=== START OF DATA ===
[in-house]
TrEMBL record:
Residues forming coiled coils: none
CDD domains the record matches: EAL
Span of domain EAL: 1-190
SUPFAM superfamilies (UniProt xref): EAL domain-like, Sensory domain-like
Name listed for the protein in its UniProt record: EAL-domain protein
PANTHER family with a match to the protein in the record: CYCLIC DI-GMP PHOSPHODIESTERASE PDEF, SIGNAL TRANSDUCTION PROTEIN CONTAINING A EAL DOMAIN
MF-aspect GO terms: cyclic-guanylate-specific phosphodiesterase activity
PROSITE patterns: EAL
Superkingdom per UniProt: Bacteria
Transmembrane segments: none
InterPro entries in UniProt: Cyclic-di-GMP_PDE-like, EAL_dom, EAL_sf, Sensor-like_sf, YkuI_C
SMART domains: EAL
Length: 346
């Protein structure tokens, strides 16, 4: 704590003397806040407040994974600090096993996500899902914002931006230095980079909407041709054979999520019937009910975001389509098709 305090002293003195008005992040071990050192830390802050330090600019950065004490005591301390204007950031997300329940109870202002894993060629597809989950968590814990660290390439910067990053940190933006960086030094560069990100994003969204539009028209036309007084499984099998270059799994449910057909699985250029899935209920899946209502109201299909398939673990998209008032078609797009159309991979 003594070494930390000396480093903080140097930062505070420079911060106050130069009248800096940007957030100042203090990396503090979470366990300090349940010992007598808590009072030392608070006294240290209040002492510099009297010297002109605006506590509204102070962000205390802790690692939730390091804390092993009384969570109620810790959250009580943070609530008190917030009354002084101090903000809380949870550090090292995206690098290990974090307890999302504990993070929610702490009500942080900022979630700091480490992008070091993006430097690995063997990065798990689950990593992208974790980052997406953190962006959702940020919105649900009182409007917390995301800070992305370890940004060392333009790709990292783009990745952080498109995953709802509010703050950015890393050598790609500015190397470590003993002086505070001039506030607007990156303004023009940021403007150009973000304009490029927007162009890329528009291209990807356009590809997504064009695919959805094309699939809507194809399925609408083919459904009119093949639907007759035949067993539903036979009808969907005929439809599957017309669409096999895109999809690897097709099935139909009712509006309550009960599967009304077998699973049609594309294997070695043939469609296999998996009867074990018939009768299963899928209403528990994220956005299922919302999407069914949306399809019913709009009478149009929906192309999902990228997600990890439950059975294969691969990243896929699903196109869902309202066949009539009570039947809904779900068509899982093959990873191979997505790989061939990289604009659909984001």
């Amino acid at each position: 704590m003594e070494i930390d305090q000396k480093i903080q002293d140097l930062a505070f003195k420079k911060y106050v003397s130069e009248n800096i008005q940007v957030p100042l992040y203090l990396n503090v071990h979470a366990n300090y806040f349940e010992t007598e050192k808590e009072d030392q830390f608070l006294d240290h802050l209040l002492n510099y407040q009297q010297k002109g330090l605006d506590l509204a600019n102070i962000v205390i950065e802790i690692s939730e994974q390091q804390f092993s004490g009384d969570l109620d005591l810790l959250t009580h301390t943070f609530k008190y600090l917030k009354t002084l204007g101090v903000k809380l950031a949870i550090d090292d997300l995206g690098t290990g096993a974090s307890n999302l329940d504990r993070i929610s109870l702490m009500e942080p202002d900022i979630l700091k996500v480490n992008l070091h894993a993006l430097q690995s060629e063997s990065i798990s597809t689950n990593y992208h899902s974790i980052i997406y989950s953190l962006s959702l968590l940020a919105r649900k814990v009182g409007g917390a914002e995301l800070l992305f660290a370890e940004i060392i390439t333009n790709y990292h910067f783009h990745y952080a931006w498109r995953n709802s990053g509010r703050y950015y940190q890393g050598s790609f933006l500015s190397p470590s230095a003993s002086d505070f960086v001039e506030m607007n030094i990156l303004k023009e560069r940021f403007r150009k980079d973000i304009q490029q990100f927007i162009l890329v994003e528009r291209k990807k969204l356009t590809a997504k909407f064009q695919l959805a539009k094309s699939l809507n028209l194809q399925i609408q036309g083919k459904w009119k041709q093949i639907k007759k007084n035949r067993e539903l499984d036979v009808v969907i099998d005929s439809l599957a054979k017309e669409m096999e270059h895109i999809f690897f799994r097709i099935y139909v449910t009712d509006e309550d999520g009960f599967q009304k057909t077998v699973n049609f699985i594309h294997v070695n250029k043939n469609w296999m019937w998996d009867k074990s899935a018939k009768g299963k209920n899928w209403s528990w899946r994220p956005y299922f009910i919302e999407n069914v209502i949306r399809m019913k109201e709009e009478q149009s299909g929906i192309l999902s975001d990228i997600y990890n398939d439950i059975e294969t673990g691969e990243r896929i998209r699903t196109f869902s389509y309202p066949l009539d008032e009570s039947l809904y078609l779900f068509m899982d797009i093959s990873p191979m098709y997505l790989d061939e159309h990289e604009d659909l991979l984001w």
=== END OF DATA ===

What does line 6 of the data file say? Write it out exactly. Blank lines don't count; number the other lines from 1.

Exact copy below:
SUPFAM superfamilies (UniProt xref): EAL domain-like, Sensory domain-like